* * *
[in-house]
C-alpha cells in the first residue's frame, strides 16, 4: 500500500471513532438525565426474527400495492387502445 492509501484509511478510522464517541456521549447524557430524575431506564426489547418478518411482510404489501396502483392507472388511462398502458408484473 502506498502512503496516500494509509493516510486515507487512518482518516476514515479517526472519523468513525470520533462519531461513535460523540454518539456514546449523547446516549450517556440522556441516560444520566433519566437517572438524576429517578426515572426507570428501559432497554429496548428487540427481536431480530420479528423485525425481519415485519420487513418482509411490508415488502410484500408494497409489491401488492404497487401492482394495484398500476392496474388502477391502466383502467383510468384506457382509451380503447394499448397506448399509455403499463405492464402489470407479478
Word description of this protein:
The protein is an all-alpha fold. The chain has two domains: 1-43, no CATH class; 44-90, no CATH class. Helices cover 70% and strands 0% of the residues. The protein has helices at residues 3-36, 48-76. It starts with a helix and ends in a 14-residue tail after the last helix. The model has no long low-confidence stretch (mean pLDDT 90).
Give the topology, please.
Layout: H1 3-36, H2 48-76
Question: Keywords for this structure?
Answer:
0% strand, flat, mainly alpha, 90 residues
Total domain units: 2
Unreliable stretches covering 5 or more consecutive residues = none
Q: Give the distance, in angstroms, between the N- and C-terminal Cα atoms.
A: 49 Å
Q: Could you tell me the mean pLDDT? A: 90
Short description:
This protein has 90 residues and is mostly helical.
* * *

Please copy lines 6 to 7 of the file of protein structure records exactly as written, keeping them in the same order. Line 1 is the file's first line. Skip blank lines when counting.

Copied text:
Layout: H1 3-36, H2 48-76
Question: Keywords for this structure?